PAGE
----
When an outbreak of the H1N1 swine flu started in Mexico and the U.S. it was quickly declared to be a pandemic. The World Health Organization or WHO, reported a total of 429 deaths world wide and over 90,000 serious cases. There were limited studies that have focused on global scale analyses of pandemics. The authors of “utilizing spatiotemporal analysis of influenza-like illness and rapid tests to focus swine-origin influenza intervention” did just as the title states. They used spatiotemporal analysis in order to study patterns that emerged from the swine flu outbreaks in order to assist the prevention of future outbreaks. From the data that they could access, they found that the swine flu was very prevalent by the US-Mexico border. The maps below show the cases of illnesses and their location.
By using spatiotemporal analysis, the authors were able to gain an understanding of how swine flu traveled and where outbreaks were likely to occur. In the future it will be helpful to use this technique in real time in order to stop pandemics from spreading and predict what areas are at the highest risk.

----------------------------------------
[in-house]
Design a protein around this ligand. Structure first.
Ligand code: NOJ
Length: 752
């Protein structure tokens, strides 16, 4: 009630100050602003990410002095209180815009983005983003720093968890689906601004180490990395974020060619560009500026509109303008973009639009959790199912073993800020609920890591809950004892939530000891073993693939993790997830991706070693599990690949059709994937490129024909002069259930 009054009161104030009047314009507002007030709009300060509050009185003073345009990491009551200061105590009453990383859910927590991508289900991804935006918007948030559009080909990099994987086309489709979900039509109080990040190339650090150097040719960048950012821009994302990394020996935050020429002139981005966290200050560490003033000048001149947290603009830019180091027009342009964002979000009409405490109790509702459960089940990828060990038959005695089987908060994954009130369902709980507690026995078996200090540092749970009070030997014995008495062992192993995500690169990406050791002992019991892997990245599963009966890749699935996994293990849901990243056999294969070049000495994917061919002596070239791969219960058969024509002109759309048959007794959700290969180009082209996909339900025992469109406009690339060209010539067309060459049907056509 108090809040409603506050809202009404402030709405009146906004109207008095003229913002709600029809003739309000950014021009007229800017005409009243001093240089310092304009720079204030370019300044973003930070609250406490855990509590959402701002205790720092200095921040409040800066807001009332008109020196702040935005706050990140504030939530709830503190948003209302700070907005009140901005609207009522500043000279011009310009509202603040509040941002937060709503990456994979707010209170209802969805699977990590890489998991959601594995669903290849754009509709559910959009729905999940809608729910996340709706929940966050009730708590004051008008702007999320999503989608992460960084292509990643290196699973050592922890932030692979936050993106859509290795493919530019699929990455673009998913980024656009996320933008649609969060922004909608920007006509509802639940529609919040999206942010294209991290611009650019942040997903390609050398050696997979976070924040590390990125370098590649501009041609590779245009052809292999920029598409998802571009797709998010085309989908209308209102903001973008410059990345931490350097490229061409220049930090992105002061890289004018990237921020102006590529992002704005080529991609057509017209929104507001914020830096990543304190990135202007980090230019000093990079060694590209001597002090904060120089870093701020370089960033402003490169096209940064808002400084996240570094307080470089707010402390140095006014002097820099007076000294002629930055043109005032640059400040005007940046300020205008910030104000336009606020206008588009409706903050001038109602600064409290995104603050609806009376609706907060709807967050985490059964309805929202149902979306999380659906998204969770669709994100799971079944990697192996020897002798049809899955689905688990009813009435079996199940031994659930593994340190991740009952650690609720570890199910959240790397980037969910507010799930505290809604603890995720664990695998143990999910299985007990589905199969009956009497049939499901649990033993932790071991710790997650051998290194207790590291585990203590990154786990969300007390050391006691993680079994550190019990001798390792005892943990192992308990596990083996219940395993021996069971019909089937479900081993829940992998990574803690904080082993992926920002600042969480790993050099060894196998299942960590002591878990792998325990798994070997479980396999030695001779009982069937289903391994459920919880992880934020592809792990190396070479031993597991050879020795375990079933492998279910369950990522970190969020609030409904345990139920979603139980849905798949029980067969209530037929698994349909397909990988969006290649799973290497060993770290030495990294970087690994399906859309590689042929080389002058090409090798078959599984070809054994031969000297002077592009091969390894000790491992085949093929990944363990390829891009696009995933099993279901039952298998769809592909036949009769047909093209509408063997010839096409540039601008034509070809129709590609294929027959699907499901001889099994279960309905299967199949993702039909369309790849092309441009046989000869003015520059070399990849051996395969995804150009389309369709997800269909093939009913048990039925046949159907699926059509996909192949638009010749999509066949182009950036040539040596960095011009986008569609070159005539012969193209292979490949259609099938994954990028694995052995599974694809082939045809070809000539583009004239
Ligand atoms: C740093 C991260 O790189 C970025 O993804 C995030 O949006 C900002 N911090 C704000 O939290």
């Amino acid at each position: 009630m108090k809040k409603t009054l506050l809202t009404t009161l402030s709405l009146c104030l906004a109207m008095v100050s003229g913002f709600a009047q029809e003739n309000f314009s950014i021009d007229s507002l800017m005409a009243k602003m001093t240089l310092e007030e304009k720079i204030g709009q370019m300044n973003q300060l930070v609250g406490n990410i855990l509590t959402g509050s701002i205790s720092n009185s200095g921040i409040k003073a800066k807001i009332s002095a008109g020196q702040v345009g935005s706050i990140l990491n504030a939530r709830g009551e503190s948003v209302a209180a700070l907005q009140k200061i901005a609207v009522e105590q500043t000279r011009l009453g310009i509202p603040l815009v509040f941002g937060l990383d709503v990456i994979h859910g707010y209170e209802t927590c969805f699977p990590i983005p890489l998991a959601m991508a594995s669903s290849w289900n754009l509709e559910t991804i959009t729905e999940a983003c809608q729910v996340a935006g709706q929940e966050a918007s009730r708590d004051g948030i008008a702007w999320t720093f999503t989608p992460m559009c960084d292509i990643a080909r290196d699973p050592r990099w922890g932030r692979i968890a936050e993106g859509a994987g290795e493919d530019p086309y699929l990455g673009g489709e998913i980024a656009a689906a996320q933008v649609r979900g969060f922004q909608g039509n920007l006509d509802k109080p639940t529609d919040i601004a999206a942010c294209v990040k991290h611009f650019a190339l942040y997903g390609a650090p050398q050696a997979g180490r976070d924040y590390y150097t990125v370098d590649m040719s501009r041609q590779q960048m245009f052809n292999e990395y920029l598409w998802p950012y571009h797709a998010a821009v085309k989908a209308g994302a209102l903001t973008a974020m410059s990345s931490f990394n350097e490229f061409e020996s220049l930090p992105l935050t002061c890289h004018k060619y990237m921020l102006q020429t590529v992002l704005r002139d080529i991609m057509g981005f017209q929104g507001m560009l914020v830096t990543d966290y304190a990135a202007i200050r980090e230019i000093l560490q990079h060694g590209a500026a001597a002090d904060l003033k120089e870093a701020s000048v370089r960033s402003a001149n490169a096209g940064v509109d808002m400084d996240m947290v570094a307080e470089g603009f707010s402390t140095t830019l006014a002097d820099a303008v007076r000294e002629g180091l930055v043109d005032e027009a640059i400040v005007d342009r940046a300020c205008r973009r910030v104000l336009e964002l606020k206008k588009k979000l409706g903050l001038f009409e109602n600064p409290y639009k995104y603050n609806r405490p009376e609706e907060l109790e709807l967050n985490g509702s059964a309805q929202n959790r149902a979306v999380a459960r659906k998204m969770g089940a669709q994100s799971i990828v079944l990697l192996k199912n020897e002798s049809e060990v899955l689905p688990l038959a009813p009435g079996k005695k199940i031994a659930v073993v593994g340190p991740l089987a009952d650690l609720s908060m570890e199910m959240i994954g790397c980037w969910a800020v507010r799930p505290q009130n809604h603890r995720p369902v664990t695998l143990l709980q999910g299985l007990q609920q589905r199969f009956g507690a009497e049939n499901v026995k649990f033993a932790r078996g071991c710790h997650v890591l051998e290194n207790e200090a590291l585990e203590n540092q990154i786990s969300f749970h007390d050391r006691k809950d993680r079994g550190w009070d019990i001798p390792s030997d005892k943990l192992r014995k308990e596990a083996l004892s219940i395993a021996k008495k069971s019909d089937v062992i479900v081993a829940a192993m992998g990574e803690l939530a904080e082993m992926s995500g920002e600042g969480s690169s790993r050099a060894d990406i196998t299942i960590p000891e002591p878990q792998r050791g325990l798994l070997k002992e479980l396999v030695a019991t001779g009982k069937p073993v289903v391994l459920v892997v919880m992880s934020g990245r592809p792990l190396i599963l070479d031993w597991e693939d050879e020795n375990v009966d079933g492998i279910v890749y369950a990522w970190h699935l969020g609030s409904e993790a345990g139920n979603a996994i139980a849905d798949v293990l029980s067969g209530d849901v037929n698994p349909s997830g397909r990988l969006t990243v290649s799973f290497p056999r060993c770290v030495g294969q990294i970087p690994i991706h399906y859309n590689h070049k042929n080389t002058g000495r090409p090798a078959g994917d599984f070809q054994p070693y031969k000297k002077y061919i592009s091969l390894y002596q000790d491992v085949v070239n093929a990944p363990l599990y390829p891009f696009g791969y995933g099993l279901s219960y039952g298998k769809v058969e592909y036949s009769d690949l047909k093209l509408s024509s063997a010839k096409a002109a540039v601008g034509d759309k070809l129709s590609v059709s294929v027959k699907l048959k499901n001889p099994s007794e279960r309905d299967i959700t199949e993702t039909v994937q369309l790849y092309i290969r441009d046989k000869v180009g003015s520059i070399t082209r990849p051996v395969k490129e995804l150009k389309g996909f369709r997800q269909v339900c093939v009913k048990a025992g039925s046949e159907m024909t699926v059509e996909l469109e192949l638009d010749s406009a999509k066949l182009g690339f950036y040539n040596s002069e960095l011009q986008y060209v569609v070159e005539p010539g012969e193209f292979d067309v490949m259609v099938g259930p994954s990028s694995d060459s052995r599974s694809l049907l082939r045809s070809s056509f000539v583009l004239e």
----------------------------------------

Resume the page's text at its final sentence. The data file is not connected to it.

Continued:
Wilson, J. G., Ballou, J., Yan, C., Fisher-Hoch, S. P., Reininger, B., Gay, J., ... & Lopez, L. (2010). Utilizing spatiotemporal analysis of influenza-like illness and rapid tests to focus swine-origin influenza virus intervention.Health & place, 16(6), 1230-1239.
I have acted with honesty and integrity in producing this work and am unaware of anyone who has not. Jolene Klenzendorf